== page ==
Available on: Pink Flag
Approaching Wire’s catalogue retrospectively can be a strange experience. I came to them, as many, via Elastica and Britpop, hoovered up the arch punk of Pink Flag, the cryptic art-pop fragments of Chairs Missing and the whooshing Eno moves of 154, and then stumbled out of the canon, enjoying the stout industrial-punk clangour of their new material and snapping up their less lauded late 80s fare whenever I saw it languishing in a second hand rack. So I’m a fan pretty much; but it says a lot about the reputation of Document And Eyewitness: 1979-80 that I’m not even sure that I knew that it existed. Indeed, there are some who are perhaps keen to forget. Geoff Travis of Rough Trade – who released this collection of live recordings back in 1981 – apparently thinks the band are “completely mad” to consider re-releasing it. And of course by now, Geoff Travis probably knows a thing or two about releasing records, whatever Morrissey reckons.
But Wire know what they’re up to, too, and it’s worth remembering a certain obstreperousness was always part of their design: as Colin Newman once put it, they were the fly in the ointment. The performances collected on Document And Eyewitness: 1979-80 – taken from a conventional live performance at the Notre Dame Hall, an infamous Dadaist show at London’s Electric Ballroom and a single song, ‘Heartbeat’, from a show supporting Roxy Music in Montreux in March ’79, with a bit of demo and rehearsal footage tacked on the end – capture the band not so much in a state of self-destruction as a state of self-deconstruction.
The Electric Ballroom, in particular, sounded like a divisive one. As the punks chanted for the hits, Wire mixed brand new, often under-rehearsed work with surreal cabaret moves, taking to the stage in beekeeper’s veil or Morris dancer bells, with guest interventions including illuminated geese or a man beating a gas cooker with a hammer. The traditional pitfalls of the live performance – awkward reception to new material, ropy sound quality, stultifying stage banter – is focused on, then amplified for effect. Crowd favourite ‘12XU’ is introduced with the rambling blarney of a washed-up compère, and on record, at least, it’s cut back with decimating tape splices and inserted commentary. “I don’t need to go to the Arctic to know it’s cold,” says a voice, apropos of little.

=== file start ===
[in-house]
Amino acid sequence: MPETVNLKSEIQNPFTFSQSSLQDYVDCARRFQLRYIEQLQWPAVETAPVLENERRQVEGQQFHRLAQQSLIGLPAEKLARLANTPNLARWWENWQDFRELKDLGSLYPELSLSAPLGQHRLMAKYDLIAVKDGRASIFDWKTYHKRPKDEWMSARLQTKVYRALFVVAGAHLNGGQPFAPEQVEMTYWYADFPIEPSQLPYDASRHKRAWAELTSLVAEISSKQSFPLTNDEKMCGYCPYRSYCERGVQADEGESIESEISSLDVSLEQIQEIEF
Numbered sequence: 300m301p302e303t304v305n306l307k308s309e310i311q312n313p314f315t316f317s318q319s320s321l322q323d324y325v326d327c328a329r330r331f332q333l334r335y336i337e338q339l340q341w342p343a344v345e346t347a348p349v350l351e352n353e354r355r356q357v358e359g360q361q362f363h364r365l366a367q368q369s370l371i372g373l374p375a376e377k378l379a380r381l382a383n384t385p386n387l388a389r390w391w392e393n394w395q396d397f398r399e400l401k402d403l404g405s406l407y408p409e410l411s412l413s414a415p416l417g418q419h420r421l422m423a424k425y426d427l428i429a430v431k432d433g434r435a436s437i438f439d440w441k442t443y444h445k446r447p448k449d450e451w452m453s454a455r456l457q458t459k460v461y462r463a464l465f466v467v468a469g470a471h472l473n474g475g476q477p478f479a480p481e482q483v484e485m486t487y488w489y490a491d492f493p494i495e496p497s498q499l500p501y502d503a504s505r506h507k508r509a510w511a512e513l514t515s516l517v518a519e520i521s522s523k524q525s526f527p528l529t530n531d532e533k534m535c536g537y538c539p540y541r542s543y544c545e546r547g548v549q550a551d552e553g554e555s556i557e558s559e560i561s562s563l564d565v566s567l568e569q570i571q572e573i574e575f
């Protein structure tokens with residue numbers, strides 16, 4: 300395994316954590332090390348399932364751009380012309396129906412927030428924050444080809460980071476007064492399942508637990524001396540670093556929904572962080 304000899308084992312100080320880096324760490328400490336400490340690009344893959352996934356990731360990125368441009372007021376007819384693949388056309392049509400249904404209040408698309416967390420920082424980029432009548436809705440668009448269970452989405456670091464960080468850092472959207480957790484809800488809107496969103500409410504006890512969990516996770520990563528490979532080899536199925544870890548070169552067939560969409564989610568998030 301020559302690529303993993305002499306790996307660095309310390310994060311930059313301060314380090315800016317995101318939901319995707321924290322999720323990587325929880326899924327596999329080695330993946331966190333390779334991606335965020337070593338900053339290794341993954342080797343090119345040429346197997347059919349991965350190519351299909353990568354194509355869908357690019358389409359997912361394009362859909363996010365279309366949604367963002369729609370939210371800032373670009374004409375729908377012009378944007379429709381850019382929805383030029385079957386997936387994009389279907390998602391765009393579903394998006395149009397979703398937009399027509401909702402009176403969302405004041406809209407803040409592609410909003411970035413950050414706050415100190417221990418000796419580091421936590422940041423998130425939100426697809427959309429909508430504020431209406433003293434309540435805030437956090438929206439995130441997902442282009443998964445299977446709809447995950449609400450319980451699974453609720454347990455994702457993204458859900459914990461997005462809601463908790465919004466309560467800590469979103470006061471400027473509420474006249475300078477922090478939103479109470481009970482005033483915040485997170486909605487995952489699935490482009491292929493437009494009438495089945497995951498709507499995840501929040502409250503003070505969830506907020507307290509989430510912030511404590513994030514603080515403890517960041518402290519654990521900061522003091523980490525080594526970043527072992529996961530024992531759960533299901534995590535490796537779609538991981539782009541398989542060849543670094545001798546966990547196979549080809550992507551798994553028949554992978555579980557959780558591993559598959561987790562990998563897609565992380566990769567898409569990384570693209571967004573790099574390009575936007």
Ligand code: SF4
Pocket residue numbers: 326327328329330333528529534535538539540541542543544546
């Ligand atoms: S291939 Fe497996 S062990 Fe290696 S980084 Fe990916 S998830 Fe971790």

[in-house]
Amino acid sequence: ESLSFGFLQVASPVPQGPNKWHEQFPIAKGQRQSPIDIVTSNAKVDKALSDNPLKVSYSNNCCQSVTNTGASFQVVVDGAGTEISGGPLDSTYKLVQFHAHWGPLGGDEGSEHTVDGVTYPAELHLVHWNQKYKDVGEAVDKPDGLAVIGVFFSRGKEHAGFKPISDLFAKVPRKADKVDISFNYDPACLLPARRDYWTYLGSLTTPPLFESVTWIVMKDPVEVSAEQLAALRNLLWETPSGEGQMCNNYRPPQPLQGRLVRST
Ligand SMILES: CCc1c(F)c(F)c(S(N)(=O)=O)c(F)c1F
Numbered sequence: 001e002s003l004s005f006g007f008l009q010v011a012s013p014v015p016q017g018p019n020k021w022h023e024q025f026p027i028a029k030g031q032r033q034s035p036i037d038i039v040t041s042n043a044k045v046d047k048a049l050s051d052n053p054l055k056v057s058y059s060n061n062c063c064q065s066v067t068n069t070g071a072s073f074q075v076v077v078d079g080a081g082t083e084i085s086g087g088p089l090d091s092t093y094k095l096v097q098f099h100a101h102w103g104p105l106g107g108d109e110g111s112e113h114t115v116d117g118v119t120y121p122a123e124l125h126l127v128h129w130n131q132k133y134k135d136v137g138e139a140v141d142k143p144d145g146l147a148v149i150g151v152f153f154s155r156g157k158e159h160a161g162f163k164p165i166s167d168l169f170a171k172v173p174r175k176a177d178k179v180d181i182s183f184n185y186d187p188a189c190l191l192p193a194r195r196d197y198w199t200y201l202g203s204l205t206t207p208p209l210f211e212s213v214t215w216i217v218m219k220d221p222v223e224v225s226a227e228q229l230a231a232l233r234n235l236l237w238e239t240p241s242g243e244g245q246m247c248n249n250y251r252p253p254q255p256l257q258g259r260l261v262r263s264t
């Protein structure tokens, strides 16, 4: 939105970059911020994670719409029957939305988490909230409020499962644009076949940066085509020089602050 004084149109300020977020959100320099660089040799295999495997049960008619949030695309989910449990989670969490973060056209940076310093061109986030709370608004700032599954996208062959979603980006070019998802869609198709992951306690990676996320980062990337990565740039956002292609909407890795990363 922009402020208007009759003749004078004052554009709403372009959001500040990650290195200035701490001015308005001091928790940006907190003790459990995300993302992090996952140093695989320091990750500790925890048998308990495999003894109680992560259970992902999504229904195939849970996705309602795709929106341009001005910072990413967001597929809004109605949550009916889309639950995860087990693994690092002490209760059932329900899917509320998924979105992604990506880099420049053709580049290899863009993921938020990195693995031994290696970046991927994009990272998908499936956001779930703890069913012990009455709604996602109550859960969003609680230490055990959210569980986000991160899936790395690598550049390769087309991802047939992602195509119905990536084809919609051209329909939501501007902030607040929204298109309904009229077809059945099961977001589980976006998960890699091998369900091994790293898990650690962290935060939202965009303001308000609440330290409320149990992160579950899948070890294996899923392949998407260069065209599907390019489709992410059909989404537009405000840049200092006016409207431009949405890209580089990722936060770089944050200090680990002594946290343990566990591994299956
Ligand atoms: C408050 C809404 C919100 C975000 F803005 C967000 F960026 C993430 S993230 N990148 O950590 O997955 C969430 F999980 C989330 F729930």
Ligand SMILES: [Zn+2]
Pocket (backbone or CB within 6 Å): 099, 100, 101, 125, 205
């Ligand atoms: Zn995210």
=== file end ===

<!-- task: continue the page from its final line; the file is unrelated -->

And yet, it’s still Wire, and amidst their intellectual unruliness and self-sabotage, good ideas flourish. On the cacophonic clamour of ‘Underwater Experiences’, we hear the smoothness of 154 is scoured away by no-wave guitar assault and demented call-and-response; meanwhile, ‘Instrumental (Thrown Bottle)’ and ‘Eastern Standard’, excursions in delicately surreal post-rock, appear to have dated rather well. The Notre Dame set boasts slightly tighter performances, slightly rougher recording quality, and an energy the Electric Ballroom probably consciously lacks: ‘Witness To The Fact’ and a take on 154’s ‘2 People In A Room’ are dispatched at a tenor approaching frenzy. Present too are some primitively wiggy electronic effects, employed with the enthusiasm of one who gets a kick out of freaking out the squares. They’re plastered all over ‘Go Ahead’, on which we hear a scathing Colin Newman critique the reviews before they’ve even been written: “Critical acclaim can not explain the extent of the sales/And why this one pales in comparison/In comparison with what/You may well ask…”
If you want “classic” Wire, and you’re looking for something salvageable, is there anything here for you? Well, yes: ‘Our Swimmer’ is a lightly propulsive gem, a sort of motorik for the trunks-and-goggles brigade, and is presented both live, in single form, and sped up as ‘Second Length (Our Swimmer)’, all pretty essential. Elsewhere, how you find Document And Eyewitness will depend on your appetite for artistic bloody mindedness. Still, if you’re a fan of Wire, you’ll know it can be moreish.